10 2 The incidence of marginal bone loss and failure rate of MIS internal hex. implants bearing different types of prosthesis. A Longterm retrospective analysis. *A poster presented in the EAO meeting, Munich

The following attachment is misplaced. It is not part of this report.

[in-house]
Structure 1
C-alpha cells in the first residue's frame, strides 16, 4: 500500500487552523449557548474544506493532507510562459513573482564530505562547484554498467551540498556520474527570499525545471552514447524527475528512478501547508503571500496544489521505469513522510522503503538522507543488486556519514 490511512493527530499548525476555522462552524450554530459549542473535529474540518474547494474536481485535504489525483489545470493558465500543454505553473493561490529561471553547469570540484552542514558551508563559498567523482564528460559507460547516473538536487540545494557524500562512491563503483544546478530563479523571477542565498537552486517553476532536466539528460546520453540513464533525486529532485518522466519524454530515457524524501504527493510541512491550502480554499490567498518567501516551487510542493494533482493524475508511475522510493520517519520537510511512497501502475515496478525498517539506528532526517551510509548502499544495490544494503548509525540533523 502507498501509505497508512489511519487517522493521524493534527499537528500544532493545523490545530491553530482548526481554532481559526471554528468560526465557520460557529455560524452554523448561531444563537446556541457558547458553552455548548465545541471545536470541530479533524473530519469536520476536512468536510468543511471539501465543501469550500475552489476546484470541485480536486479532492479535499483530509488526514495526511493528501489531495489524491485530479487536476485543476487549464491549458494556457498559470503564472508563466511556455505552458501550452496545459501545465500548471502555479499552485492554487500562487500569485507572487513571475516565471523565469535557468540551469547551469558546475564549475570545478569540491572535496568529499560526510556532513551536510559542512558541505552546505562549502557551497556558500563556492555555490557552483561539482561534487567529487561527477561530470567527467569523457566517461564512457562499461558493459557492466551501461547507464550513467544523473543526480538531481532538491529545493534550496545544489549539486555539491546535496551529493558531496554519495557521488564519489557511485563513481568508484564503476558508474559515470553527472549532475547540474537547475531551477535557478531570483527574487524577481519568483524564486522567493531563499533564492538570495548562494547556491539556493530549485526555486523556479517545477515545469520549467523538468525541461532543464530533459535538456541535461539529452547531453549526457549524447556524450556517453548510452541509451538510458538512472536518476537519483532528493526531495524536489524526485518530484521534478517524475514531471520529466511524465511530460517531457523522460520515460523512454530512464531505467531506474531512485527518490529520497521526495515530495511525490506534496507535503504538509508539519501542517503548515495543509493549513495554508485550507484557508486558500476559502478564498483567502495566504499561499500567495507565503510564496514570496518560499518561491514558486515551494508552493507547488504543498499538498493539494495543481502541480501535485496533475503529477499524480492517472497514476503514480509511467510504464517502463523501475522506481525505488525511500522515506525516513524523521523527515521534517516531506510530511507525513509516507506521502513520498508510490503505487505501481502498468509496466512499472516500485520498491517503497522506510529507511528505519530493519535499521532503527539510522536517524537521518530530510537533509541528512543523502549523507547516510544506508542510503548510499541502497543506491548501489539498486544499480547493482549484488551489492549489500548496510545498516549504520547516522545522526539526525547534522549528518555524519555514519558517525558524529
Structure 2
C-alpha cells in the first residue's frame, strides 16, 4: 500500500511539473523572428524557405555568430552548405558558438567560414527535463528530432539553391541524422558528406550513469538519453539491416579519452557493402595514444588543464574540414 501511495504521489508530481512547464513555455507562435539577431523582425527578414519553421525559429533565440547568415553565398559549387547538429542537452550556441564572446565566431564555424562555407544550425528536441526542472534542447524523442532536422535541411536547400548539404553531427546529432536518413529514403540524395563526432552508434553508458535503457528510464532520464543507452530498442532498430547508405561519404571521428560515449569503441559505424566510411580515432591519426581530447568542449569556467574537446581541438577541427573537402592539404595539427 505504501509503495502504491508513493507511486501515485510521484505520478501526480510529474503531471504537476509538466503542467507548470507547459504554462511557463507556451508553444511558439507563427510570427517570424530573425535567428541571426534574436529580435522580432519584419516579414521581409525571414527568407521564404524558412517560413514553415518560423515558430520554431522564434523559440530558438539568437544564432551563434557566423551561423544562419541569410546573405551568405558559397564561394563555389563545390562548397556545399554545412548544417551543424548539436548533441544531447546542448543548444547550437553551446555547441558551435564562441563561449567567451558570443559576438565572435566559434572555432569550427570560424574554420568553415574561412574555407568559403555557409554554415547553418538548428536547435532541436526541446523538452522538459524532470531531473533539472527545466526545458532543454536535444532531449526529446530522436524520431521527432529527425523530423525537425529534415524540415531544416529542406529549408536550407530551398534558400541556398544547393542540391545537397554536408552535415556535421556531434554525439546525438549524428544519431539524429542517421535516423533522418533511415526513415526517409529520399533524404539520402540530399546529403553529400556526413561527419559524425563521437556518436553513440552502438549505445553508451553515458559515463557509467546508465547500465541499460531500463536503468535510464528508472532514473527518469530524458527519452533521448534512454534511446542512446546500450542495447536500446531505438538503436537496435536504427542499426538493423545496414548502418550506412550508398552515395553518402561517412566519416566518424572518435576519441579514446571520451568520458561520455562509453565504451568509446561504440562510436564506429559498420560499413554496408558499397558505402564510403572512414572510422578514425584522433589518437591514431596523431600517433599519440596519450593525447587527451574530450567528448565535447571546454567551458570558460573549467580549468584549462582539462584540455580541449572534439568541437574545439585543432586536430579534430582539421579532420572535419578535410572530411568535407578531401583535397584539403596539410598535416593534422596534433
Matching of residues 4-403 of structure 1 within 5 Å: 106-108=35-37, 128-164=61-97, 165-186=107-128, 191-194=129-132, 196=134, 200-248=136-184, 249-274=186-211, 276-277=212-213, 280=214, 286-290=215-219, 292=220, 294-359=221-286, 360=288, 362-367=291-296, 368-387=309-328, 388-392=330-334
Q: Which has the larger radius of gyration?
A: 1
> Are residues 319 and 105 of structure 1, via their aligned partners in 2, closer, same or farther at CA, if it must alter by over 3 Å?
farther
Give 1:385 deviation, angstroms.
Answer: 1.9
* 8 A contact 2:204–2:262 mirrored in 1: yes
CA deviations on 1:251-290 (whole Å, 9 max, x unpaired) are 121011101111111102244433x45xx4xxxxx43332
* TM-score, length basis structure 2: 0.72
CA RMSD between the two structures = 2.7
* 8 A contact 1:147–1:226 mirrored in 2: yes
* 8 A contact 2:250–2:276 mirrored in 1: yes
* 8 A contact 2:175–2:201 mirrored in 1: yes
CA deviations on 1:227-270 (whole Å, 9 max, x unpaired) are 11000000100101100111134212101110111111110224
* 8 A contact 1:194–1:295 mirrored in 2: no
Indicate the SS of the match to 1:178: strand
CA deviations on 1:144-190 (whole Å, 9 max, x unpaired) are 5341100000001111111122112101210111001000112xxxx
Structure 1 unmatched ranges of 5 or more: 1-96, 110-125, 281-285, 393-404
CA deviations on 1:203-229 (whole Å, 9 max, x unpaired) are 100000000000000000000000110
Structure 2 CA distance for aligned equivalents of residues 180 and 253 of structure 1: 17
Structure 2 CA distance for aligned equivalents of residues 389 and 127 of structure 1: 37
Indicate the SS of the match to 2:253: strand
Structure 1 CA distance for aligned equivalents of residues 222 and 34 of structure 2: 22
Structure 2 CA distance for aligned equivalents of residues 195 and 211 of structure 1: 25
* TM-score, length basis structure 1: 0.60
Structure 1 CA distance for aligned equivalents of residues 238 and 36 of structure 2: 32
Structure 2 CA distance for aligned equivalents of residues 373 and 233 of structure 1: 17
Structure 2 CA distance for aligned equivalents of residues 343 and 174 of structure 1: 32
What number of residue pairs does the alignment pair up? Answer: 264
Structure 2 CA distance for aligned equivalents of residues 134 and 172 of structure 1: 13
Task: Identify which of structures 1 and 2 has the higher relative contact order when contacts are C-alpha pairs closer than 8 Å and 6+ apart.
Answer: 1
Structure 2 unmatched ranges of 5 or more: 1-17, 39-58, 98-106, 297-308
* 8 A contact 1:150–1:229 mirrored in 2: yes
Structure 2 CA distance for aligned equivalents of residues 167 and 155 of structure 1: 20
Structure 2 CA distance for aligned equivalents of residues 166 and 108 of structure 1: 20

11 10 The incidence of marginal bone loss and failure rate of MIS internal hex. implants bearing different types of prosthesis. A Longterm retrospective analysis. Moshe Tandlich 1, Pini Reizman 2, Lior Shapira 1 Aim of study The aim of this study was to retrospectively evaluate the success rate of internal hex oral implants (MIS implants), installed in a private clinic milieu, after longterm function, and to construct a multivariate correlation model between crestal bone loss and formerly documented proposed predictors (i.e. time, smoking habits, type of abutments, type of prosthesis etc). Materials and methods Patients treated in a private clinic (PR) with oral implants were recalled for a routine dental exam. The exam included a full record of their health condition, habits, state of the prosthetic appliance and their treatment timeline. Only patients who had concluded more than 30 months of followup time were included in this study. Collected data included records of the patients smoking habits, their type of prosthesis (RPD or FPD), the prosthesis span and configuration (e.g. cantilevered pontics, implant to tooth splinting, etc.), type of abutments 1 Dept. of Periodontology, Hadassah Medical Centers, Jerusalem, Israel. 2 Private Practice, Hurdegaryp, The Netherlands. Fig. 1 Calculation of The actual bone loss Actual bone loss = Radiographic bone loss x Known implant length Radiographic implant length Graph 1 10 Patient average bone loss by time of function 5 Patient average bone loss by type of abutment Correlation between patient mean bone loss and some of the suspected variables. The patient mean bone loss serves as the unit of analysis. Crestal bone loss is found to be significantly correlated only with smoking habits. No statistically significant correlation is found between crestal bone loss and time of function. Bone loss (mm) r 2 = ; r = , p = Bone loss (mm) * p< Function time (months) Mean ± SE 0 Milled abutment Cast abutment Patients' average bone loss by type of prosthesis Patient average bone loss by smoking habits * Bone loss (mm) 3 2 Bone loss (mm) Mean ± SE 0 Removable Fixed Mean ± SE 0 Smoker Non Smoker